When Market Research Is Talkin’ Loud and Sayin’ Nothin’

Photograph by Getty Images

According to a report released today from Kantar Worldpanel ComTech (apparently a division of UniWeb Digicyber Softlutions), Apple’s iPhone was the best-selling smartphone in the U.S. for the 12-week period ended Oct. 28th.

Kantar’s data shows that iOS smartphones (remember, Apple sells the iPhone 5, but also the 4S and 4 models at a discount) command 48.1 percent of the market. That’s up 25.7 percent from the same period last year. Android phones aren’t far behind, at 46.7 percent of the market, down 16.6 percent from last year’s numbers.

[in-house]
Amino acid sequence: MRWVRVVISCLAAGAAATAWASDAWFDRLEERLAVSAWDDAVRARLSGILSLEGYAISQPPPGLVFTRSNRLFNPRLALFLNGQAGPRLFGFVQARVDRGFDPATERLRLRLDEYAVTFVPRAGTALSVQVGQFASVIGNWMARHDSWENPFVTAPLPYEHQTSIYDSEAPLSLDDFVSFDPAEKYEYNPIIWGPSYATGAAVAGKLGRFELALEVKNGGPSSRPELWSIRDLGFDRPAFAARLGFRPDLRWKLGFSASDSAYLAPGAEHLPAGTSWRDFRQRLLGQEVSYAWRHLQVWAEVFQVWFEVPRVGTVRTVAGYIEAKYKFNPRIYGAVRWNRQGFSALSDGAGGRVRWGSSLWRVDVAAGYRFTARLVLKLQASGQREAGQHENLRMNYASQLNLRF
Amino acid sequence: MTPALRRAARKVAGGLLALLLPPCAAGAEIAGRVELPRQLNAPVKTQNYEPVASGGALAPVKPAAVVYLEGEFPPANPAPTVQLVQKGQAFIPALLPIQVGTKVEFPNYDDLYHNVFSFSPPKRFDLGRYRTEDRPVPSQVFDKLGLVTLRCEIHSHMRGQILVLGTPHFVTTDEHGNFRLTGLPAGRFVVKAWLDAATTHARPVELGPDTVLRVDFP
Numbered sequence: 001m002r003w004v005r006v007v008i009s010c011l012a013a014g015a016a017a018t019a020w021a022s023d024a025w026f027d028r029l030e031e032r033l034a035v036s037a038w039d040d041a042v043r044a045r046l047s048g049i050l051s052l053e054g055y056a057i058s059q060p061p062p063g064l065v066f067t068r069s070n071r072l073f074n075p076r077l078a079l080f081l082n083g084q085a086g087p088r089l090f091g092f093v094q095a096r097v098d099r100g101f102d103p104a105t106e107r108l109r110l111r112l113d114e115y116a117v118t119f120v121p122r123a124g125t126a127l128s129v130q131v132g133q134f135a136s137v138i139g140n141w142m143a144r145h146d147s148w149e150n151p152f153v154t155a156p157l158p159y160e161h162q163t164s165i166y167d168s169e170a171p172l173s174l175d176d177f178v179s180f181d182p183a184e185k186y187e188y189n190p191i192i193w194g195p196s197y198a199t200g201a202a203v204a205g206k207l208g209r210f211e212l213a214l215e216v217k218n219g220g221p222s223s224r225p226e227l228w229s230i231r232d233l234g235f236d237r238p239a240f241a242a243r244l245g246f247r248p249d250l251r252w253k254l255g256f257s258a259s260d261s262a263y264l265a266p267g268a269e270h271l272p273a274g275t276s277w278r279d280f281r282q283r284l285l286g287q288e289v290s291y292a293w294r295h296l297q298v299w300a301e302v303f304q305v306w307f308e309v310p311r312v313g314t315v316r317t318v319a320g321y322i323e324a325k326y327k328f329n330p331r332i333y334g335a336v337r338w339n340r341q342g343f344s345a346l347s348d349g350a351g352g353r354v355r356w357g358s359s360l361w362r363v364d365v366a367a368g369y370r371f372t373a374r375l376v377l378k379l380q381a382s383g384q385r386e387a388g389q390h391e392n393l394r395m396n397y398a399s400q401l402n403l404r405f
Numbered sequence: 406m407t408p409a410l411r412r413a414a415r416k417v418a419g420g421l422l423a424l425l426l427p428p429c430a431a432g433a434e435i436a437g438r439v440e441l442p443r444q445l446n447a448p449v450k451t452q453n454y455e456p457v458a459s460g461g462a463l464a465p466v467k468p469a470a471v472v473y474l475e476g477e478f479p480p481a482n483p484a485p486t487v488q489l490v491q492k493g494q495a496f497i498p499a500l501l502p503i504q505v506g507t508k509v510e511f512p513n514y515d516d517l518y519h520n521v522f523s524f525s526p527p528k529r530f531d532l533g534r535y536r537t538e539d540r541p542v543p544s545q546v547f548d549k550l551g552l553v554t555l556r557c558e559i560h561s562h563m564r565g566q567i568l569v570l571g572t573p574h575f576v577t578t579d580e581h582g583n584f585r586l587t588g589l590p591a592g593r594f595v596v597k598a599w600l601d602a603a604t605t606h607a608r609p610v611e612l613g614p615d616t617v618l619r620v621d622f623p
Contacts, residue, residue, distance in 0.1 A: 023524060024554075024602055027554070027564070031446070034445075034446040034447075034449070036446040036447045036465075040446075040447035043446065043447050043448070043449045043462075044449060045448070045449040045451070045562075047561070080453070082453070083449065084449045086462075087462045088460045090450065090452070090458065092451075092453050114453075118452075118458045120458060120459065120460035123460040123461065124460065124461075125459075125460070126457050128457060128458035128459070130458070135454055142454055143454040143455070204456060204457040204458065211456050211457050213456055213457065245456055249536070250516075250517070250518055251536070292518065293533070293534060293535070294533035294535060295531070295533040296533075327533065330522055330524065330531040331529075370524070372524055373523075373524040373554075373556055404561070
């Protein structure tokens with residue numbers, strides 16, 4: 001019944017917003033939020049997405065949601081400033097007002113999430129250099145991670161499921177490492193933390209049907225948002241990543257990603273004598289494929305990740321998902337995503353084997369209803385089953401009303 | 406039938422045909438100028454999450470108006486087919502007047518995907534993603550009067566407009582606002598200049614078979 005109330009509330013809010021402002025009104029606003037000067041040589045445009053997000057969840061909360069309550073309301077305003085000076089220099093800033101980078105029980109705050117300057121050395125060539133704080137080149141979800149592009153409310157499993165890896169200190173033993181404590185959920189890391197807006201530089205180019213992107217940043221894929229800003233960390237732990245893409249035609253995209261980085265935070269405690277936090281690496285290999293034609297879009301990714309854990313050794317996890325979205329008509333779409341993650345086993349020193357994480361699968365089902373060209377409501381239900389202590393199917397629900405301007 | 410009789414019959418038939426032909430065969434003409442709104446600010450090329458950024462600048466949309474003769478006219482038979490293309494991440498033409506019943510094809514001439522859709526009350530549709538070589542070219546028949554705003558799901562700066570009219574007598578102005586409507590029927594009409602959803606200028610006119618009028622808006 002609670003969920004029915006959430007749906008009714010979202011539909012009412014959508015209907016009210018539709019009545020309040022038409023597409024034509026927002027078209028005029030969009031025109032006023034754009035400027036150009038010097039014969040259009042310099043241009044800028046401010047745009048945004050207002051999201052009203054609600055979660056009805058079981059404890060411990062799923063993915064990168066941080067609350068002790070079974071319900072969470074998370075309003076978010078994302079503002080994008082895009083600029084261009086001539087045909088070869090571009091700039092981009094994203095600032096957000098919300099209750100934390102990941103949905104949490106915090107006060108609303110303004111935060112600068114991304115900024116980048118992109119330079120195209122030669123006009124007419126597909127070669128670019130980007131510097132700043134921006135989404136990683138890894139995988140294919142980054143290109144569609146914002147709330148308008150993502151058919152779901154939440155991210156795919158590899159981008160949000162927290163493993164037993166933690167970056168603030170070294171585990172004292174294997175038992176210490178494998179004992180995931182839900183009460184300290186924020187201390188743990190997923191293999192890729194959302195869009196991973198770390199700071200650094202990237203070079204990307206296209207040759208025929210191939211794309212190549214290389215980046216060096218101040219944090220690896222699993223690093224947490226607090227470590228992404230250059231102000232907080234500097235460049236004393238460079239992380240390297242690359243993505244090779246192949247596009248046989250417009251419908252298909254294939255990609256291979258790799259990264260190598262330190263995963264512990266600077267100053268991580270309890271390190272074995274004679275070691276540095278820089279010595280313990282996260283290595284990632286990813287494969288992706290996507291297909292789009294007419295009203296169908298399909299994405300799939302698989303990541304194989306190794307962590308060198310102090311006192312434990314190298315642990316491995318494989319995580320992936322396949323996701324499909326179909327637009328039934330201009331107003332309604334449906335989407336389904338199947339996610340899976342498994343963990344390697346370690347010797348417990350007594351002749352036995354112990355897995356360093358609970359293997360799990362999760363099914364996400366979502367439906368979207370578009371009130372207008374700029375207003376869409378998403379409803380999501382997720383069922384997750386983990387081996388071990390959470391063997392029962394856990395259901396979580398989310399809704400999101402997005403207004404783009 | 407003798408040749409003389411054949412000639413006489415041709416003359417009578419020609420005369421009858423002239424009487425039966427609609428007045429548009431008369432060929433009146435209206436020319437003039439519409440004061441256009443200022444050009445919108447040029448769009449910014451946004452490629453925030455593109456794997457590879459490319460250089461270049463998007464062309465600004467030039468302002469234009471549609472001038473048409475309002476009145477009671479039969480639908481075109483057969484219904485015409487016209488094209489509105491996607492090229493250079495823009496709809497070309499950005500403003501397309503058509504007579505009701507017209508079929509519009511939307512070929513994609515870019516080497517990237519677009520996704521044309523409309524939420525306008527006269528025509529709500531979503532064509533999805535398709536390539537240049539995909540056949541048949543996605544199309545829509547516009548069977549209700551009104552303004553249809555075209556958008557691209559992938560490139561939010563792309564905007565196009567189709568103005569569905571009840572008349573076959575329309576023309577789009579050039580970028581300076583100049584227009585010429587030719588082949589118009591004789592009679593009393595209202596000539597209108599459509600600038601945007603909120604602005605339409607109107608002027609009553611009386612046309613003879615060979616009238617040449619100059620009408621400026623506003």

Meanwhile, Android continues to rock out internationally. According to IDC, the OS has 75 percent of the global market, compared with Apple’s much smaller 14.9 percent share.

Not that market share has anything to do with profits. Apple may not sell the most handsets worldwide, but it does take in the bulk of the industry’s profits—to the tune of 77 percent in the mobile industry in the second quarter of 2012, according to Raymond James analyst Tavis McCourt.

But this doesn’t seem to be having a salutary effect on Apple’s stock price. Apple’s stock reached a high on Sept. 19 at 702.10 and, despite the good news of today’s report, is currently trading around 575 at the time this post was written.

So, to recap: Apple’s selling slightly better than Android in the U.S. But not as well as Android internationally. But Apple rakes in way more profit. But its stock is down.

Sometimes the tech-research industrial complex reminds me of a James Brown song: Talkin’ loud and sayin’ nothing.

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